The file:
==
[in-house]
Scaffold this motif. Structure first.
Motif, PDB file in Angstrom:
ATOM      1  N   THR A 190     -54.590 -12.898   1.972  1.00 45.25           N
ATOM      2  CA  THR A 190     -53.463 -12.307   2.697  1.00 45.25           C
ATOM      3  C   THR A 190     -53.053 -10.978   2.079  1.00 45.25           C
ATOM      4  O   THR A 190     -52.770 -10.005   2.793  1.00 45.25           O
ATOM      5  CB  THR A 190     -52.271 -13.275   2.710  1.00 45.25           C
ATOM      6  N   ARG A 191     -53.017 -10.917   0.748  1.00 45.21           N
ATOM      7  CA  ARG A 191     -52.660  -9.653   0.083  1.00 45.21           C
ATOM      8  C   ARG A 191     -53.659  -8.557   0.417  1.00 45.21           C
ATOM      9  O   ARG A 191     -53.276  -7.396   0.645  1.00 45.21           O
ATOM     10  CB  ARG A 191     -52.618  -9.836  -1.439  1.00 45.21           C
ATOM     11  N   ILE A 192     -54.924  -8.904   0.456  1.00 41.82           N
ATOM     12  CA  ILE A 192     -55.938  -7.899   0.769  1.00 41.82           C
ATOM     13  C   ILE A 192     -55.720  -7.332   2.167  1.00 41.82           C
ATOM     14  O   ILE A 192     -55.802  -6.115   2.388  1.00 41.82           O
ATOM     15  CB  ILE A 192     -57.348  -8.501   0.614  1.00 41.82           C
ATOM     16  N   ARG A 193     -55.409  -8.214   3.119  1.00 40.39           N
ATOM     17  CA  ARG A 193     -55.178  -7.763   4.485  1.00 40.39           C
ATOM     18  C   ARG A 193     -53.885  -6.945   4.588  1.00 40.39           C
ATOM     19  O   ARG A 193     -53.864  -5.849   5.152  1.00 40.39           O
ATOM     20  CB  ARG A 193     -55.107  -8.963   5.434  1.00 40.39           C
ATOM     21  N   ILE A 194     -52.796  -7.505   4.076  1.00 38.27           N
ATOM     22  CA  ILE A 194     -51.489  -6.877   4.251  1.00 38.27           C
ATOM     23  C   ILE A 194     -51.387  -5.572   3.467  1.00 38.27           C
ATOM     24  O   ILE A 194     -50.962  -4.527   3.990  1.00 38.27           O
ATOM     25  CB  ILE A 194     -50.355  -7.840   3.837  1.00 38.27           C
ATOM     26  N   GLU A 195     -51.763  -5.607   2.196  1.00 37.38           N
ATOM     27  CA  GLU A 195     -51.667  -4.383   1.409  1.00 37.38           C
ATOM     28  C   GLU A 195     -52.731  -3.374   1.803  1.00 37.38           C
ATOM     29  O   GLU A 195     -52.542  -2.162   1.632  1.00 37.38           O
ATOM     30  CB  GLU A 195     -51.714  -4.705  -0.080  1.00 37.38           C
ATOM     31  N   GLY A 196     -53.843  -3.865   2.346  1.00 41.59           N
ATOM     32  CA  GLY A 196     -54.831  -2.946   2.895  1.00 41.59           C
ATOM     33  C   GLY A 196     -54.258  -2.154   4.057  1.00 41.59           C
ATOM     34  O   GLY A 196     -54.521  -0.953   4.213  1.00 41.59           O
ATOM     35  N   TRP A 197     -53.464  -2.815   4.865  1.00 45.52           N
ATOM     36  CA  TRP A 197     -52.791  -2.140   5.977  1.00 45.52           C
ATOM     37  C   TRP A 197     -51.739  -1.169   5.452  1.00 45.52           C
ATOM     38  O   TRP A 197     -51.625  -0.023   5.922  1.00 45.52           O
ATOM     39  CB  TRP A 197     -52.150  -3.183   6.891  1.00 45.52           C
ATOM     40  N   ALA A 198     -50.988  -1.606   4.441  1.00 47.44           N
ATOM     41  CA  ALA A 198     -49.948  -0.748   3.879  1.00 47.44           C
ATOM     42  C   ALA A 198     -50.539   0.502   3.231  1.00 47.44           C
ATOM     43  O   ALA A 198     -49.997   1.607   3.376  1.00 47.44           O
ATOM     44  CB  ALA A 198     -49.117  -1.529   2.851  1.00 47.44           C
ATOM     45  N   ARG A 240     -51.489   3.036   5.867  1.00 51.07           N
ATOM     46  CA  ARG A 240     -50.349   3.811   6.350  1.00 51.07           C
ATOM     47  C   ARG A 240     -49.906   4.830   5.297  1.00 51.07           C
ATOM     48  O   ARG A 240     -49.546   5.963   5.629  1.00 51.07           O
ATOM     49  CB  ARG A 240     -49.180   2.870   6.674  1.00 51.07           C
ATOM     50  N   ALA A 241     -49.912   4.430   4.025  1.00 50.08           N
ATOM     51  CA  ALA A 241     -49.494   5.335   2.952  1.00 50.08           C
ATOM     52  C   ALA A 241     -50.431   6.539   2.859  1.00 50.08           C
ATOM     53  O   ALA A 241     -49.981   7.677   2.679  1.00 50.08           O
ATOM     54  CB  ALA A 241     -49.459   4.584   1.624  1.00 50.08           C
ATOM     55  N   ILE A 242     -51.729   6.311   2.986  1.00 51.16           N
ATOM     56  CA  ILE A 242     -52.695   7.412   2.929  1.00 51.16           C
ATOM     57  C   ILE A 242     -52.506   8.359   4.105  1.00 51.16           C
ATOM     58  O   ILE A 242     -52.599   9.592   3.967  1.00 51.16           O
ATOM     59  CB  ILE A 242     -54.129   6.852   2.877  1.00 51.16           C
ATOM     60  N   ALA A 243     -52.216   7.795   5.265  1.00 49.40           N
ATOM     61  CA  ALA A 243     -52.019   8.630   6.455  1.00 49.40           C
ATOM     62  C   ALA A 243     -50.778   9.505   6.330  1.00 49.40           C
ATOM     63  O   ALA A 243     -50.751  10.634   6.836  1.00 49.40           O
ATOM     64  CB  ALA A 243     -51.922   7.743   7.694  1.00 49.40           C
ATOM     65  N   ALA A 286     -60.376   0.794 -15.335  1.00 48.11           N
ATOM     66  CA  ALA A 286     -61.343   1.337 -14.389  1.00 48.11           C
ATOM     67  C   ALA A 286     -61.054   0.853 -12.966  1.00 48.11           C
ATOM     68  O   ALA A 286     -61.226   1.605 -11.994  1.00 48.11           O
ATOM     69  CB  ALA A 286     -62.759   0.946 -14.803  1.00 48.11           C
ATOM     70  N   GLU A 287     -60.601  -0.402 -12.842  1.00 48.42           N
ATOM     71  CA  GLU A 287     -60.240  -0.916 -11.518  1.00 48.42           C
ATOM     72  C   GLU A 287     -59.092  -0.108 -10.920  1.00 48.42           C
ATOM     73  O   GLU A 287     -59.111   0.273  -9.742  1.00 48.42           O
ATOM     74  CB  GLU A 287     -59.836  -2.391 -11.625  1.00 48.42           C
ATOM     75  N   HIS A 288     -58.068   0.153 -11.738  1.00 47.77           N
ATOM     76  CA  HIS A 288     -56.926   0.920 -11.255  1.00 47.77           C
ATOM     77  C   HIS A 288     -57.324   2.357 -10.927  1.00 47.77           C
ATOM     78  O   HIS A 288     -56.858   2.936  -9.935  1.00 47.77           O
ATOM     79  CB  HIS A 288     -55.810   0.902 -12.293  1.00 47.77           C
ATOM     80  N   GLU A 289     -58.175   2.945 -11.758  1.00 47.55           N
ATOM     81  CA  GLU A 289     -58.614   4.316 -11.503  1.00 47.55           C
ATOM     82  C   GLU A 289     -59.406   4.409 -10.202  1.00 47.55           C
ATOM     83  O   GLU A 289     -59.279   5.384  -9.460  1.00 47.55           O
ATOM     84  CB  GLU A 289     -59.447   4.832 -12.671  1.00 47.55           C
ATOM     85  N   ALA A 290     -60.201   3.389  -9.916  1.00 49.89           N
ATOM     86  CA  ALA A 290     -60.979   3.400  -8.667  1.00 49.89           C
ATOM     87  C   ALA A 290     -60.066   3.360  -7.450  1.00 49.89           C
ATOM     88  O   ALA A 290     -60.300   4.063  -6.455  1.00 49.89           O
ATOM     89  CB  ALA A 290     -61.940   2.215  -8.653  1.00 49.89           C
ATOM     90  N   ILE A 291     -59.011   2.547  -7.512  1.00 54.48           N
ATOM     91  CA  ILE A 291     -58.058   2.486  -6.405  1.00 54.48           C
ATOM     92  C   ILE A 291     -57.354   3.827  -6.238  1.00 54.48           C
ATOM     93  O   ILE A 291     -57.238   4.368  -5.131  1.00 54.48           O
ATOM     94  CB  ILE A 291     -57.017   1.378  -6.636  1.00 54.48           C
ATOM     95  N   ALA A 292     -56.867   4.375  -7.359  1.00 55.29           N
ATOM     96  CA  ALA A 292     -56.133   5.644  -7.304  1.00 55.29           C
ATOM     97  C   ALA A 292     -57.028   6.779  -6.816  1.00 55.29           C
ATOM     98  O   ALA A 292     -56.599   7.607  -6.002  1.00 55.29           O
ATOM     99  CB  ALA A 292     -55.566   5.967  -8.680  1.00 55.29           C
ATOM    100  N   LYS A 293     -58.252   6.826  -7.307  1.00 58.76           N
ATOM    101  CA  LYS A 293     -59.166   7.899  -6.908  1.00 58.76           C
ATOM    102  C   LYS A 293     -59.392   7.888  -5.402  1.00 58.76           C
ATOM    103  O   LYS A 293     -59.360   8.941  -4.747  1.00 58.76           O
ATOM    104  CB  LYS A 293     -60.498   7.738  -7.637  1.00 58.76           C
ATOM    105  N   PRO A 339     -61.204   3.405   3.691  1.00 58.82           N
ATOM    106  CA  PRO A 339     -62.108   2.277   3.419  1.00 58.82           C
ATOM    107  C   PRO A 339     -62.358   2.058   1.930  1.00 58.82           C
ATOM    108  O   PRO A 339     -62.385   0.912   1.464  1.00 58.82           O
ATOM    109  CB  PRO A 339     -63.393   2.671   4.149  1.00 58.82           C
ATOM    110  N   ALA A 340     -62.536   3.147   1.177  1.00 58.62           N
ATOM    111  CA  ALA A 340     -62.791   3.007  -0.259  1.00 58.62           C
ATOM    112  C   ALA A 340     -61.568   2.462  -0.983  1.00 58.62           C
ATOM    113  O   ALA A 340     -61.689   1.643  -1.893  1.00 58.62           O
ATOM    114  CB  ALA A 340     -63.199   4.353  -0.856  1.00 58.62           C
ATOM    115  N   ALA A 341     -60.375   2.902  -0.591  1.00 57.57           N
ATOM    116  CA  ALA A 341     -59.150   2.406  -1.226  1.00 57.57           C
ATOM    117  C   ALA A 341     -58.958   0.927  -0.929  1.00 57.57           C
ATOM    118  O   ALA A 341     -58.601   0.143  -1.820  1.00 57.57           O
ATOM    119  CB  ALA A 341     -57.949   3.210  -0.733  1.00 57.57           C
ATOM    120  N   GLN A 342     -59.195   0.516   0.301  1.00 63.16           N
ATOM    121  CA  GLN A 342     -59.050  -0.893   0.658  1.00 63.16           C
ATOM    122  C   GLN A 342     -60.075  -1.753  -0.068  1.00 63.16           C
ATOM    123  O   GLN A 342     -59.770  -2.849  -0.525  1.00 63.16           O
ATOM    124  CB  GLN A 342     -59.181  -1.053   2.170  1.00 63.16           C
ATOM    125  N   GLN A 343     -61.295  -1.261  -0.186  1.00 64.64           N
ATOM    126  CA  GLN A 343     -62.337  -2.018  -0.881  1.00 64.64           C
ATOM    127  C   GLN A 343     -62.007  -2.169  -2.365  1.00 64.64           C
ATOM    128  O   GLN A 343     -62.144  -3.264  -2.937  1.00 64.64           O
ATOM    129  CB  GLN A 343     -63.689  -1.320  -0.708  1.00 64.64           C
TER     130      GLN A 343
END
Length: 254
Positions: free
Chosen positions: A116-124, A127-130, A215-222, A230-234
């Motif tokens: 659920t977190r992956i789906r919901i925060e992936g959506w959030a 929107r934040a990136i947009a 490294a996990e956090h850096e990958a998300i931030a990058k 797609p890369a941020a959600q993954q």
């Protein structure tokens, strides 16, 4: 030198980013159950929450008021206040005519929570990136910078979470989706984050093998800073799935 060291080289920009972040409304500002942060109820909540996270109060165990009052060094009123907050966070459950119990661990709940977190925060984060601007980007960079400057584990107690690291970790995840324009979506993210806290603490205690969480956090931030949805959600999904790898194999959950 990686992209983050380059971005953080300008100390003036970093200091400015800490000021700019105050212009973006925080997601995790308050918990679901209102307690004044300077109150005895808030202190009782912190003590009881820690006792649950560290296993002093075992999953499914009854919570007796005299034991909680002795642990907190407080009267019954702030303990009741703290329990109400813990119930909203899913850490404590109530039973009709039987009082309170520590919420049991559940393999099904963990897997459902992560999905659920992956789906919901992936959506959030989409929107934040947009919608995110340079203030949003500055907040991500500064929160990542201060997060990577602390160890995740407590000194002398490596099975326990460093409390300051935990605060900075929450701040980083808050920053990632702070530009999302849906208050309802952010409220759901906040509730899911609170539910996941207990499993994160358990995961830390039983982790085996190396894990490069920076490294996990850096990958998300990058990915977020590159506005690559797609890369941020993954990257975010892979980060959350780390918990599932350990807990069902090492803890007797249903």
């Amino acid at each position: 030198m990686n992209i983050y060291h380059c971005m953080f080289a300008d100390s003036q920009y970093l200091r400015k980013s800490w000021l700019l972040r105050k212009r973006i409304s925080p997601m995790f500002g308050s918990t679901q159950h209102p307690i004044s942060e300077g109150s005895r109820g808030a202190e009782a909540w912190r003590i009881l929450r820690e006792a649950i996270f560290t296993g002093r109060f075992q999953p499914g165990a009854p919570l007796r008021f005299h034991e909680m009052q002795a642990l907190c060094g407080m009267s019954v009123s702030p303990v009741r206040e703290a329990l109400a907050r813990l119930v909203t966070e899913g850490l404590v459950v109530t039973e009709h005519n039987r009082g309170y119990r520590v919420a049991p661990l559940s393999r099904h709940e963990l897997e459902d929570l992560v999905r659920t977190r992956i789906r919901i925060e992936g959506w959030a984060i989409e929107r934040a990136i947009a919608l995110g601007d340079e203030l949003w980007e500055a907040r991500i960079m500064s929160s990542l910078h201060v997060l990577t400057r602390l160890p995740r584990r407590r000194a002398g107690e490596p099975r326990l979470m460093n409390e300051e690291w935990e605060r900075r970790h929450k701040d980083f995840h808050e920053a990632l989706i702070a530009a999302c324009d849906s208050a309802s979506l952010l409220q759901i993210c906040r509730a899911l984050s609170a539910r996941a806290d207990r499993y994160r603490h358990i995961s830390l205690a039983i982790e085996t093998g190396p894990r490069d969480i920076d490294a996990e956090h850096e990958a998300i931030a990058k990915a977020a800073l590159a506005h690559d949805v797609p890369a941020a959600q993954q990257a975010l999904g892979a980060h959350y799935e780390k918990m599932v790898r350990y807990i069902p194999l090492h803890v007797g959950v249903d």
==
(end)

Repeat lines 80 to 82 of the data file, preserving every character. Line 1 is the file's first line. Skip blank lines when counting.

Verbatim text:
ATOM     77  C   HIS A 288     -57.324   2.357 -10.927  1.00 47.77           C
ATOM     78  O   HIS A 288     -56.858   2.936  -9.935  1.00 47.77           O
ATOM     79  CB  HIS A 288     -55.810   0.902 -12.293  1.00 47.77           C